Riot police deployed across the Ethiopian capital firing guns and lobbing grenades Wednesday to quell a second day of protests over disputed parliamentary elections. At least 23 people were killed and 150 wounded, including children, doctors and hospital workers said.

One man said police broke into his family's housing compound firing guns indiscriminately in their search for stone-throwing demonstrators.

However, government Information Minister Berhan Hailu (search) said the casualty figures had been exaggerated and put the death toll at 11 civilians and one police officer. He said 54 officers and 28 civilians were injured.

The killing of civilians was a political setback for Prime Minister Meles Zenawi (search), touted by the Bush administration as a progressive African leader and a key partner in the war on terror.

The May 15 vote, which gave his ruling Ethiopian Peoples Revolutionary Democratic Front (search) control of 60 percent of the parliament, had been seen as a key test of Meles' commitment to reform. Opposition parties say the vote and ballot-counting were marred by fraud, intimidation and violence, and accuse the ruling party of rigging the elections.

Machine-gun fire and explosions rocked the capital Wednesday, and armored personnel carriers carrying special forces troops charged down streets littered with burning tires and broken glass.

The violence spread across the city of 3 million people, reaching the doorsteps of the British, French, Kenyan and Belgian embassies — all located in different parts of the capital. Workers at U.N. headquarters (search) were told not to leave their offices.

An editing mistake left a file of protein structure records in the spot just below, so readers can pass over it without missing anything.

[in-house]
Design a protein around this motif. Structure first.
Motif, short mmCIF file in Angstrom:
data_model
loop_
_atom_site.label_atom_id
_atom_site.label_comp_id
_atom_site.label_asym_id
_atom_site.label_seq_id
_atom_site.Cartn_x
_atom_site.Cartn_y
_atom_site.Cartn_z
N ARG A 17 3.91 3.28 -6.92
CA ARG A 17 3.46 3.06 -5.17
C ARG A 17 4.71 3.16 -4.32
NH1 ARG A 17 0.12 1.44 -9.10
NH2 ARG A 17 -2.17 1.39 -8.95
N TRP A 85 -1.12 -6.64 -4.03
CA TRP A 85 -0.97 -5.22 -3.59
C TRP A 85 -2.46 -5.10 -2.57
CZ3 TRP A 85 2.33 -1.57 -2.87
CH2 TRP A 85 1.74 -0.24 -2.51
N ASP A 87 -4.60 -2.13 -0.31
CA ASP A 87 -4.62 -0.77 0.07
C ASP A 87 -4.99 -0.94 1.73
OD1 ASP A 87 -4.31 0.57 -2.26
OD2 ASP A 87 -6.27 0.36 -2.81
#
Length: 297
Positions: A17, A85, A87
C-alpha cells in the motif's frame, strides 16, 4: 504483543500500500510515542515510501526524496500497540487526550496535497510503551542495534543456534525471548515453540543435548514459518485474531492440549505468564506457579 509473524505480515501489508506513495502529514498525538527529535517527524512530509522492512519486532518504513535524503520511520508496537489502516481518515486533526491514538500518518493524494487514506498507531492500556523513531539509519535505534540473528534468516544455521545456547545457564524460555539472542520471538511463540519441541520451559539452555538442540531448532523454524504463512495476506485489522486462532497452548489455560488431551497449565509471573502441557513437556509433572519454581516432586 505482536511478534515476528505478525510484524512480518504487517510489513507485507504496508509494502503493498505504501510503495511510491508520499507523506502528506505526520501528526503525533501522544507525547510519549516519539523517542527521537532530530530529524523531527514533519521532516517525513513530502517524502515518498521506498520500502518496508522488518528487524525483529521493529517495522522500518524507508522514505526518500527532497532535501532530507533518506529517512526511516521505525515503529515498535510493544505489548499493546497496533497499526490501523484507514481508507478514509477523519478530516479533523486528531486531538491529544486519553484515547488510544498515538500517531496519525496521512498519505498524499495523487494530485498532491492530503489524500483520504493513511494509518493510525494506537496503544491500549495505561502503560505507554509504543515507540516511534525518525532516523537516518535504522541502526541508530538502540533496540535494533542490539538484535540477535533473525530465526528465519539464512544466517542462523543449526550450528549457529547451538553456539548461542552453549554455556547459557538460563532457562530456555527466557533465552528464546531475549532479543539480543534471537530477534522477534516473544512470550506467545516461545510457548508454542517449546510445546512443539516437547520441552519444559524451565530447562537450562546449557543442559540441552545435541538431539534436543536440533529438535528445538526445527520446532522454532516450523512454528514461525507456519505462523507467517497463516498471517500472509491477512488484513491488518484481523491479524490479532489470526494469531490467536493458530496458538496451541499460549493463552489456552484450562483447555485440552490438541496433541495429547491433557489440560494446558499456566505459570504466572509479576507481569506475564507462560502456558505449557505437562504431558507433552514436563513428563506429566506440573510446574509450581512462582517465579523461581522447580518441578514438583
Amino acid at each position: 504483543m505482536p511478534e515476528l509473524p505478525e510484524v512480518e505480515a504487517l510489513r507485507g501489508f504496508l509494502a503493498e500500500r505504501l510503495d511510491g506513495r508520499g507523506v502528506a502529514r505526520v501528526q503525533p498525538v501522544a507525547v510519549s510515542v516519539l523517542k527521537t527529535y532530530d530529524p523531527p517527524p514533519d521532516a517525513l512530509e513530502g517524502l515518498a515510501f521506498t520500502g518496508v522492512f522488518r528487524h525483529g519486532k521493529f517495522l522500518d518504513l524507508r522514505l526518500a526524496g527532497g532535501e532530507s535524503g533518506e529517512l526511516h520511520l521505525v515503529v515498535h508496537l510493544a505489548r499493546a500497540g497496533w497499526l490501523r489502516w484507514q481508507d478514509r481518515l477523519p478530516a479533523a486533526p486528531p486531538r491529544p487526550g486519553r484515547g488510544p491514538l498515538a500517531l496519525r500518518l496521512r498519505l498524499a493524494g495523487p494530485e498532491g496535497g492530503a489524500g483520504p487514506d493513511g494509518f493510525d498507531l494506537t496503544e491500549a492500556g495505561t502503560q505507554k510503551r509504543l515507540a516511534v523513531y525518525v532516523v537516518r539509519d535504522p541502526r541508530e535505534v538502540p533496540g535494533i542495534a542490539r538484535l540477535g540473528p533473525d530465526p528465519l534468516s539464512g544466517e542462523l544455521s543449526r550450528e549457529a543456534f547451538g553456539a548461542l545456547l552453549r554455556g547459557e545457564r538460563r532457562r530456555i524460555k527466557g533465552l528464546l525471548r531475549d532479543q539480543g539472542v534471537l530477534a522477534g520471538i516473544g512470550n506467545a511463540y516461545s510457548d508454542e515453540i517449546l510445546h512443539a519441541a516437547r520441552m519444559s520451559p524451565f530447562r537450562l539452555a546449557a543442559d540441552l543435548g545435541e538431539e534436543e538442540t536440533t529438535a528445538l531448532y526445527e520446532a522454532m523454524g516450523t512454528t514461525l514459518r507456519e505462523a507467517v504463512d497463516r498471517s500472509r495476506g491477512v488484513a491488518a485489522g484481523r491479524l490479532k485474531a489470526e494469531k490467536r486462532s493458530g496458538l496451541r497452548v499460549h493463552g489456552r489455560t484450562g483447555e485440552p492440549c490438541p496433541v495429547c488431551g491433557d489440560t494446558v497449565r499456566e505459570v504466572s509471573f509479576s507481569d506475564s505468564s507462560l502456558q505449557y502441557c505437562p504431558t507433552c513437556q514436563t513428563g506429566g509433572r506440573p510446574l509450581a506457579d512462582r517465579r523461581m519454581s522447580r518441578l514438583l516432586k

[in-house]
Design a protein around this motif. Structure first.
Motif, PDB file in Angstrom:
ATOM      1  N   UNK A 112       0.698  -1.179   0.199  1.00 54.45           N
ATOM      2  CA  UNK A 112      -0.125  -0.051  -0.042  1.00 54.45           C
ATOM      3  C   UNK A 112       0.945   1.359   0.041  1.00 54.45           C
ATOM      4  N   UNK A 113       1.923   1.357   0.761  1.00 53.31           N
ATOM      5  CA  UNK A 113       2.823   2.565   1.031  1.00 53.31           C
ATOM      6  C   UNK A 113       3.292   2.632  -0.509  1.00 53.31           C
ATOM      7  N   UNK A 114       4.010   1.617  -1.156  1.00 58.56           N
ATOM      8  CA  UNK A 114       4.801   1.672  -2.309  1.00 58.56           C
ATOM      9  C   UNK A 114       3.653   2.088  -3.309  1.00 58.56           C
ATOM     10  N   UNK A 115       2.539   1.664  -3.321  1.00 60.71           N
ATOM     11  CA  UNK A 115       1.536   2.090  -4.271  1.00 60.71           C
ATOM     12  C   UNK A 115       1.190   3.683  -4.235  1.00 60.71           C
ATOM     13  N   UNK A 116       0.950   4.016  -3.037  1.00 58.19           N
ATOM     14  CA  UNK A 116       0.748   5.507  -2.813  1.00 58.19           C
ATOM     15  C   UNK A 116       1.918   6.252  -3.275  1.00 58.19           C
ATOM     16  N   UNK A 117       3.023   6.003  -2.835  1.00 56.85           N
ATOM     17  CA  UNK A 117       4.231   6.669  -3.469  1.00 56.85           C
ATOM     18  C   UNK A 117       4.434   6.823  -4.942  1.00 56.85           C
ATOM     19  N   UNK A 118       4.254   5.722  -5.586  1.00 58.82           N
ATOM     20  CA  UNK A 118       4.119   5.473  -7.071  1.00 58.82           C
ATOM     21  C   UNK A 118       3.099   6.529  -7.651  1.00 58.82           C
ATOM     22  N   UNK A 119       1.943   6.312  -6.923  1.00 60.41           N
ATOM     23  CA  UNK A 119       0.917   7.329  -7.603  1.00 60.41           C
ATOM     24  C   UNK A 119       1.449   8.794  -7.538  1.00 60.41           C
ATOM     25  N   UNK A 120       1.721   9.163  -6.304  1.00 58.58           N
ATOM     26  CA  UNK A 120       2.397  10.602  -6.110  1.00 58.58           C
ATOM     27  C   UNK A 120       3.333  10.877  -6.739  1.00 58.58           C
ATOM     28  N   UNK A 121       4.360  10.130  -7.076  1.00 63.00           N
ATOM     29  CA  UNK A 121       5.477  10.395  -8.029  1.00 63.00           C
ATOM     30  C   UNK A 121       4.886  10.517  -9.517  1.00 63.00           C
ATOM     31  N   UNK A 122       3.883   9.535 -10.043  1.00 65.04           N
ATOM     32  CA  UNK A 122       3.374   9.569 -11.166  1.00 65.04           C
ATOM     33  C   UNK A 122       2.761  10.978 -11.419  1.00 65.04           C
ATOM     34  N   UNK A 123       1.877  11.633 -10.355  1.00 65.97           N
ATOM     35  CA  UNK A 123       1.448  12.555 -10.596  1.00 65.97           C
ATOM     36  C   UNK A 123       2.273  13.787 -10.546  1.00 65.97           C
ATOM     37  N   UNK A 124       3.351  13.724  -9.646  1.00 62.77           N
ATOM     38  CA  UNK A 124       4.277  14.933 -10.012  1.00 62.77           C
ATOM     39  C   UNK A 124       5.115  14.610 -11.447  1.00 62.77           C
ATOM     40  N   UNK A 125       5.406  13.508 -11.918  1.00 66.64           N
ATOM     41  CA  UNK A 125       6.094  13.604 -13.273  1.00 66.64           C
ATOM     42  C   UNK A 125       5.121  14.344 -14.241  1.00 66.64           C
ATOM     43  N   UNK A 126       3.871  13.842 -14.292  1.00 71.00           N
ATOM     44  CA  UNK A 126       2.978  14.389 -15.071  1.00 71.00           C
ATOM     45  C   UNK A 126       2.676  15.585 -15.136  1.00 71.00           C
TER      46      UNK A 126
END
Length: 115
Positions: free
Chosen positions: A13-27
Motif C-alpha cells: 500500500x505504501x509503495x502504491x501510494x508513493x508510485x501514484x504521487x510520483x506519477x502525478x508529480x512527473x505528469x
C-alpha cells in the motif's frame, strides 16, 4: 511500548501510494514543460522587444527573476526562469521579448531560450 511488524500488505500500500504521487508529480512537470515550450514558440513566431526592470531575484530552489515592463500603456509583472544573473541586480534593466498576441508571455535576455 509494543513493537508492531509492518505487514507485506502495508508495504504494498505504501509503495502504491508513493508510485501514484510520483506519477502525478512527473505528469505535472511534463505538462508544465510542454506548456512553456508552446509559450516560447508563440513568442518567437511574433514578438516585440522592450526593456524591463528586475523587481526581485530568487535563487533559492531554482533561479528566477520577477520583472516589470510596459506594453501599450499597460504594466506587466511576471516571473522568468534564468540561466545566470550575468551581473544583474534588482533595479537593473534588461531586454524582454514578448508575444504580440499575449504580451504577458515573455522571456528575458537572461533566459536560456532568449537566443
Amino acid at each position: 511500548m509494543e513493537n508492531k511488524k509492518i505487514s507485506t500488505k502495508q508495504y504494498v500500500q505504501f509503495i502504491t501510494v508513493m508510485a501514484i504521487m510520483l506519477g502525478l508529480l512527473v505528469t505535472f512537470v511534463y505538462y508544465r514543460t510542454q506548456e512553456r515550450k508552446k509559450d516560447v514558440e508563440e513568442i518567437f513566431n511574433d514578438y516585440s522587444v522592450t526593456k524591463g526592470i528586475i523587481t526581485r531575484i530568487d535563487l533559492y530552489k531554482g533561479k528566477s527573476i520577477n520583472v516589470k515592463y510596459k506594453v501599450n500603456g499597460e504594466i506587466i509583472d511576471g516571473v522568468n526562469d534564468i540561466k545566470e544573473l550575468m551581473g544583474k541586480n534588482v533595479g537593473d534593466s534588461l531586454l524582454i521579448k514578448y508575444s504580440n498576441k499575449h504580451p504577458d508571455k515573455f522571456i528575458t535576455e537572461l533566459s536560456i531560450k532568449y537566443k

An Associated Press reporter saw police surround Zewditu Hospital, dragging out and arresting young men. Witnesses said security officials were rounding up young people in various parts of the city.

Tigist Daniel, 16, said she brought her 50-year-old mother to a hospital after police shot her in the stomach.

"All my mother was trying to do was save my brother because he had been caught up in the fighting. She ran out of the house to grab him and the police just shot at her," she said. "They are shooting anyone who comes out of their house."

Abdul Fatal said his 13-year-old daughter, Arabia, suffered shrapnel wounds to her stomach and legs.

"The police were looking for rioters and burst into our compound. They fired tear gas and then threw a grenade," said Fatal, a 44-year-old laborer. "The police then started shooting in the compound. My daughter has never been in trouble with anyone."

Doctors at five hospitals said the bodies of 23 people killed in the clashes were brought to emergency rooms and at least 150 people were treated for injuries, including a 7-year-old boy who was shot in the hip. Earlier the hospital count was 27 dead; there was no explanation for the change.

Adam Melaku, head of the independent Ethiopian Human Rights Council, revised his group's death count, saying at least eight people were killed instead of the 33 dead the group gave earlier Wednesday. He did not explain the revision.

The violence followed clashes Tuesday between protesters and police that killed eight people and wounded 43. The protests erupted after 30 taxi drivers were arrested on Monday for participating in demonstrations against the parliamentary elections.

Wednesday's clashes came hours after security officials arrested opposition leaders. All 15 members of the Coalition for Unity and Democracy's central committee and about 1,000 supporters were taken into custody, a lawyer who works for the opposition party said. He spoke on condition of anonymity because of security concerns.

The opposition says hundreds of their supporters and members have been arrested in the past two months. At least 42 people were killed by police during protests in June, according to human rights groups.

Opposition spokesman Gizachew Shiferaw (search) accused police of using excessive force.

The Chairman of the African Union Commission Alpha Oumar Konare condemned the escalating violence and loss of lives. He appealed for restraint and urged both sides to address problems "through peaceful means and dialogue within the framework of the constitution and the law of the country."

Berhan said the government was "sorry and sad" for the violence, which he blamed on the main opposition party. He said demonstrators burned several buses and destroyed four houses, but that calm was returning to the capital later Wednesday.